Quote:
FWIW, I had horrible pixelation problems after my initial HD install. Problem turned out to be inadequate cable splitters (600MHz) in the house. Replaced with 1GHz splitters, and have had no problem since. Evidently HD uses a higher frequency than SD.

In addition to Dave's comments, any type of signal amplifier/distribution box could cause similar issues. The Comcast techician should have checked the signal with a meter to make sure the proper frequencies were being passes to your HD cable box when it was installed. In my case, we had to bypass my CATV distribution amp for the HD cable to work properly.

#11 of 17 OFFLINE   David Judah

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Posted November 25 2003 - 02:51 AM

That's too bad you've had some problems. I've had Comcast HD ever since it became available in Albuquerque and I have been very pleased with it.

It is my understanding that they offer whatever HD locals are available in the area. Do you find that to be the case in your city--that is, that ABC and CBS are not broadcasting digitally? If not, maybe they couldn't come to an agreement with the local affiliates, which would be unfortunate.

1)I don't know which box you use, but check and see if there are different viewing options for digital but non HD broadcasts as Tim suggested. Of course, HD material will be letterboxed on your 4 x 3 TV.

2 & 3)They should be related(IOW, there will probably be audio dropouts when the picture pixelizes). Check your splitters and your RF coax cable. I had the exact same problem and even had them swap out a box, but the problem persisted until I replaced the cable(which they made)from the wall to the HD box(the connector wasn't crimped properly). If the problem persists, have them swap out boxes. Also related, I was having a problem with Monday Night Football dropping out a few times. It turned out to be ABC's problem, not Comcasts.

4)I'm suprised about HBO & Showtime. I have HBO and most movies are outstanding. Quality varies with older movies, but since film has more resolution than HD, the ones that are converted should still look better than DVD. That has been my experience, at least.

You should check to see if they offer INHD 1 & 2. Comcast owns them or partially owns them, so I'd think they'd be available in every area. They are great channels that offer a variety of programming from movies, sports, nature shows, concerts, etc... I watched Nightbreed last night(cheesy horror flick, I know, but I love it Posted Image) and they've offered Full Metal Jacket and Year of the Dragon. They also have a show dedicated to upcoming movies called In Theaters. The trailer for Return of the King was amazing in HD.

I hope you can get your problems resolved, so you might try some of things we have suggested because some channels in HD are better than just having digital cable, IMO.

Good Luck,

DJ
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Graham: You had disadvantages.
Lecktor: What disadvantages?
Graham: You're insane.

#12 of 17 OFFLINE   John S

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Posted November 25 2003 - 04:19 AM

I did get to watch some Denver area Comcast HD over this past weekend. His just rocked, was hard to come home and watch my ancient big screen. Ahhhh, the cure has been ordered for myself. Maybe you or maybe with the help of a knowledgable friend can sort of figure it out on your own, before you throw in the towel on it. It seems chronic even here in the Denver area, that the old timer NTSC cable guys, just really have no clue at all where HDTV is concerned, well actually they did not really even have a clue about "regular cable" but there were not near so many criticalities with it.

After all, I would assume you bought an HDTV to actually view HDTV on it at some point, that point may as well be now, I'd try to figure it out.

Ask around, maybe somebody else close to you has it too and see what problems / solutions they may have come up with.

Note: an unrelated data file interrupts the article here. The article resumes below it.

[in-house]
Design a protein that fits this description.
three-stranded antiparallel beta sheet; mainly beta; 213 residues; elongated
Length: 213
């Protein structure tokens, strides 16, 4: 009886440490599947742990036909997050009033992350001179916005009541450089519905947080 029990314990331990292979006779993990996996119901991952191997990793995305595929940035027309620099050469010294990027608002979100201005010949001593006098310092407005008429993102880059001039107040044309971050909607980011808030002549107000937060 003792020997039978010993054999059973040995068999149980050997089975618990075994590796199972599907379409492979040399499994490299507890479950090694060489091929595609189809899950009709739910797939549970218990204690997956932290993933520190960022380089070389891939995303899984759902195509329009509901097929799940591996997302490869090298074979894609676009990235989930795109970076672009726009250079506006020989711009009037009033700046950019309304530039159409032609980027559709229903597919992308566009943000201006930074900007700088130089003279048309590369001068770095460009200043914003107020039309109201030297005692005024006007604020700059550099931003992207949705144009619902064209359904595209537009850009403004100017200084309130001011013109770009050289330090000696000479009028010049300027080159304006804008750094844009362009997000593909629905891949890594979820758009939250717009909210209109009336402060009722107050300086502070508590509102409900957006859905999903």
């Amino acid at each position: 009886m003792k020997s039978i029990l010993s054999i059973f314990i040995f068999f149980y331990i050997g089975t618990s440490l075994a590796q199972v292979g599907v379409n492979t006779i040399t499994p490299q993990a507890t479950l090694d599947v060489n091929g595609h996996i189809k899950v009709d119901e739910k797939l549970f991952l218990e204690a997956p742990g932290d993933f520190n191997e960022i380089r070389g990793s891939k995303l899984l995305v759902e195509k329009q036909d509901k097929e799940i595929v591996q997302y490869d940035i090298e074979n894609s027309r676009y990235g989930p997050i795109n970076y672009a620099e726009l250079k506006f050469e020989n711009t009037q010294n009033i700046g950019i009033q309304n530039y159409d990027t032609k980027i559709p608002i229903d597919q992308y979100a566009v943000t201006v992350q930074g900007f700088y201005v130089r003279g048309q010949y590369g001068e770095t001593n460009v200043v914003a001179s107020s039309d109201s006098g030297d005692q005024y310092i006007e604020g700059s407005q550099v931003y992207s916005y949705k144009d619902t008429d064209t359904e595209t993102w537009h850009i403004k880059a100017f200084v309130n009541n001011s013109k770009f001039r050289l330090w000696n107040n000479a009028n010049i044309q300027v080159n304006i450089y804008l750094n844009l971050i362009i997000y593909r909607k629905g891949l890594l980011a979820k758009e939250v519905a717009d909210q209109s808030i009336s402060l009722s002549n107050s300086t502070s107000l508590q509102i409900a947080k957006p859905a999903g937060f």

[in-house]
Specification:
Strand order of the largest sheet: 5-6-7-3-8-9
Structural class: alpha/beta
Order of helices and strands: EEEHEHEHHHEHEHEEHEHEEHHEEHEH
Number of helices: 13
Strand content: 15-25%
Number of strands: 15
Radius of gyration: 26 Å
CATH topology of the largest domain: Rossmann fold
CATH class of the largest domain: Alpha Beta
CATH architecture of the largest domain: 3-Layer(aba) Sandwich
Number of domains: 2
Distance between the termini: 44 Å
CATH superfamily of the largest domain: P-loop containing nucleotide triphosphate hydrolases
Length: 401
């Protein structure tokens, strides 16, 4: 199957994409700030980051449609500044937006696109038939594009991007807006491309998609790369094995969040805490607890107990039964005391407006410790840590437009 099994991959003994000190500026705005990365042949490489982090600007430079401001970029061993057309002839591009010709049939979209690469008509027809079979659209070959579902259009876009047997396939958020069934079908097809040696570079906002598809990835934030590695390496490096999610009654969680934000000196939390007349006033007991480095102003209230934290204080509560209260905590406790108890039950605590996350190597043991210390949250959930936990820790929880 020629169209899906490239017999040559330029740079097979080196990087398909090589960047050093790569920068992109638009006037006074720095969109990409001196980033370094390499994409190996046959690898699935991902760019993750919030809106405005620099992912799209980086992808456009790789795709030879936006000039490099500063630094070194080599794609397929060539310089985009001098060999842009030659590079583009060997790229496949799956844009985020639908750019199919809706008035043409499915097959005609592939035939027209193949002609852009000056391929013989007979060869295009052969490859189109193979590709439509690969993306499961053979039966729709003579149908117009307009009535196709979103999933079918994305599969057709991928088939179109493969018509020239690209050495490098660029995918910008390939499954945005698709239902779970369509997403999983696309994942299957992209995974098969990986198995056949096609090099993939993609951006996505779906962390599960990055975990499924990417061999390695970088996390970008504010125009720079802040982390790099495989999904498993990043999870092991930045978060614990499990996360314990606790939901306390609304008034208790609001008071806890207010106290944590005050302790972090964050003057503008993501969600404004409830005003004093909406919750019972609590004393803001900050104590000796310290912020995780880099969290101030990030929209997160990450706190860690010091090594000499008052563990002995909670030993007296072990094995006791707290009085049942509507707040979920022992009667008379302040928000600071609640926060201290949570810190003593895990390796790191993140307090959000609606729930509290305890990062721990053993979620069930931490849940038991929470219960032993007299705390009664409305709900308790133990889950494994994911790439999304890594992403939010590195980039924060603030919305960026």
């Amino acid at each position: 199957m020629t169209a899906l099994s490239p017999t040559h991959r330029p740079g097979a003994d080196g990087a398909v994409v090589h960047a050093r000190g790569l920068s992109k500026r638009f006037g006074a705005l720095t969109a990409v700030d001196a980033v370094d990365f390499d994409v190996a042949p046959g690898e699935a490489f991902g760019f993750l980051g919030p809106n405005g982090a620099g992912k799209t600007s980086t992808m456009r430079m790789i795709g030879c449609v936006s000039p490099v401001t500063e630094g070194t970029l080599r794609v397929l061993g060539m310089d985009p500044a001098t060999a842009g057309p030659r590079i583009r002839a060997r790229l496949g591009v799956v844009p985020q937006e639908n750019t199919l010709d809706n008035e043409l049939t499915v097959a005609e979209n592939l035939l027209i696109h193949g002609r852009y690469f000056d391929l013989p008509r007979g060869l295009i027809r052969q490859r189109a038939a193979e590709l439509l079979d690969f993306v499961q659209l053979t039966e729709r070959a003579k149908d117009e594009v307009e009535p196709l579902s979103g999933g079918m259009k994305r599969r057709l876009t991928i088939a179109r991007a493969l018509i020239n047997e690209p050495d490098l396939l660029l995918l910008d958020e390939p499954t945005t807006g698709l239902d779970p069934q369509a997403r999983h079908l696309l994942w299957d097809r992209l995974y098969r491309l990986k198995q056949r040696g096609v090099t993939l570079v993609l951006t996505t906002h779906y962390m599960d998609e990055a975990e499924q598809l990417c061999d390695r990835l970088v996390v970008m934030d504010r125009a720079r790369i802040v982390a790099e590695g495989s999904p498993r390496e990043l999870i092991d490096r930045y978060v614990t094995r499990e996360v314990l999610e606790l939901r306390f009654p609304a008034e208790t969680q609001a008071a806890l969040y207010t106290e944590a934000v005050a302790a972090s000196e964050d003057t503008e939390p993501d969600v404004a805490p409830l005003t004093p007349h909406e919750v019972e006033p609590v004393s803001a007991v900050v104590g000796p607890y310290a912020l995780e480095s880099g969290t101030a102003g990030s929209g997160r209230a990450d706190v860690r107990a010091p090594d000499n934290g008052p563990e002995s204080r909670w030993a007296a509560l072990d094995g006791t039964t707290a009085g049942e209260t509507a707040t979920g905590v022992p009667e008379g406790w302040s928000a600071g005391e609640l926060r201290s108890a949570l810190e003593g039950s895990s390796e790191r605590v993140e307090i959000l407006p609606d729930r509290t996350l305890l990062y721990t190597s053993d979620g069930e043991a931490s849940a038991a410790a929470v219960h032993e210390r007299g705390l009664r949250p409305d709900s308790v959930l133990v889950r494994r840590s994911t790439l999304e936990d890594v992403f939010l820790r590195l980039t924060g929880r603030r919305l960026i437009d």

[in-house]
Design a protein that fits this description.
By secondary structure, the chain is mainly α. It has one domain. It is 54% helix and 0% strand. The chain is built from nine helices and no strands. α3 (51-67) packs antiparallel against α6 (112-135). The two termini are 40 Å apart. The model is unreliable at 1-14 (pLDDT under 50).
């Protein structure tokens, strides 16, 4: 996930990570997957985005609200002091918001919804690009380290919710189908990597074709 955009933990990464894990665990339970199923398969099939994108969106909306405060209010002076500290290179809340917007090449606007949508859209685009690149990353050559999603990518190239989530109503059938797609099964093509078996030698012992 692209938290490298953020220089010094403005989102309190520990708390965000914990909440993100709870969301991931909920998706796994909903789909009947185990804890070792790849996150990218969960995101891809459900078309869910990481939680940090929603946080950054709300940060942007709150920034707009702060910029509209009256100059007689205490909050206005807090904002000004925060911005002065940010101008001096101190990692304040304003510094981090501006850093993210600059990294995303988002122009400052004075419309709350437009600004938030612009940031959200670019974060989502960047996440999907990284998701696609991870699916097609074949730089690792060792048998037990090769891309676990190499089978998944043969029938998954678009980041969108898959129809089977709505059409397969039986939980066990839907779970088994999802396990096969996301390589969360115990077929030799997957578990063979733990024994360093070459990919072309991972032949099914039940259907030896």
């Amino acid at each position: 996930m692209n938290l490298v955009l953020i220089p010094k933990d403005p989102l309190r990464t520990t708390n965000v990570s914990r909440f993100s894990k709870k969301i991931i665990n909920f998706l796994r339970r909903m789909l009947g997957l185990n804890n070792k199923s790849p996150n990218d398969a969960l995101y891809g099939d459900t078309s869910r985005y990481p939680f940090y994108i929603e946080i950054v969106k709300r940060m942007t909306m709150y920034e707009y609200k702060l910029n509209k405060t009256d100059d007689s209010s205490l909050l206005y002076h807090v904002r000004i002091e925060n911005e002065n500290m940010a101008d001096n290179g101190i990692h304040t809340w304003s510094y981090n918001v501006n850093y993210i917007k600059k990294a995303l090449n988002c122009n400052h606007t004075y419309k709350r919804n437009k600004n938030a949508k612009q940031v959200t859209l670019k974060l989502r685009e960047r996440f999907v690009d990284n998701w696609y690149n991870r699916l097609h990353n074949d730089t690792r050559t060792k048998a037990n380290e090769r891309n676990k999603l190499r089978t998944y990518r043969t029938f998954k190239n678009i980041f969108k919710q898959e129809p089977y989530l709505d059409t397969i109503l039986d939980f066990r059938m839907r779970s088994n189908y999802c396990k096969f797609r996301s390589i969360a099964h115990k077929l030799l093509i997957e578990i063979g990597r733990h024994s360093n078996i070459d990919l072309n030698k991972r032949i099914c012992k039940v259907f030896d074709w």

The guy at the house I went over to, had to dink with his TV with various sources for best view. He said it took him a ton of experiementing before he became really happy, and said he would bet most people never get full effect from their Comcast HD, unless they have enough in depth knowledge about all the features on their TV (and sometimes the actual cable box), and are willing to try everything to get to the best for each individual source. So maybe HDTV requires more work than many are willing to put into it.

#13 of 17 OFFLINE   Jeff Gatie

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Posted November 25 2003 - 04:50 AM

Kage,

Is your Sony a 4:3 or 16:9 TV? If it is a 4:3, that would explain why you have bars on all sides of some pictures. Native 4:3 programming is often displayed with black bars on the side when broadcast in HD. This coupled with the bars on the top and bottom of your 4:3 TV will give you bars all around. Watch some native 16:9 programming (INHD or PBS-HD are always 16:9 and HD) to see if the side bars go away.

Audio dropouts and pixelization are almost always bandwidth problems. Have them check your connections from the pole to the TV to see if you need better splitters/connectors. If this is not it, maybe they are pushing too much content for the bandwidth to handle. Some cable systems need a big upgrade before handling HD content.

#14 of 17 OFFLINE   John S

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Posted November 25 2003 - 07:23 AM

Very true Jeff, they came and ran RG62 in our neighborhood before they even started to offer any of these digital services.

#15 of 17 OFFLINE   Oscar Saenz

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Posted November 25 2003 - 09:10 AM

Kage, I also had Comcast install the HD box at my house and was feeling the same way you were until I saw The Tonight Show in HD. I have now seen more episodes of Jay Leno in the last week than I have in the last 5 years.

HBOHD does come across at about the same video quality as a DVD but, it's better than the 4:3 alternative.

#16 of 17 OFFLINE   Tim K

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Posted November 25 2003 - 10:11 AM

If you are experiencing black bars on the top, bottom, left and right...you may need to go into the cable box menu and select 4:3 as your TV type. I think it defaults to letterbox or 16:9 TV.

#17 of 17 OFFLINE   Jose T

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Posted November 25 2003 - 11:01 AM

I've had Comcast HDTV for last month and no problems with reception in Philly area. Keep my finger crossed.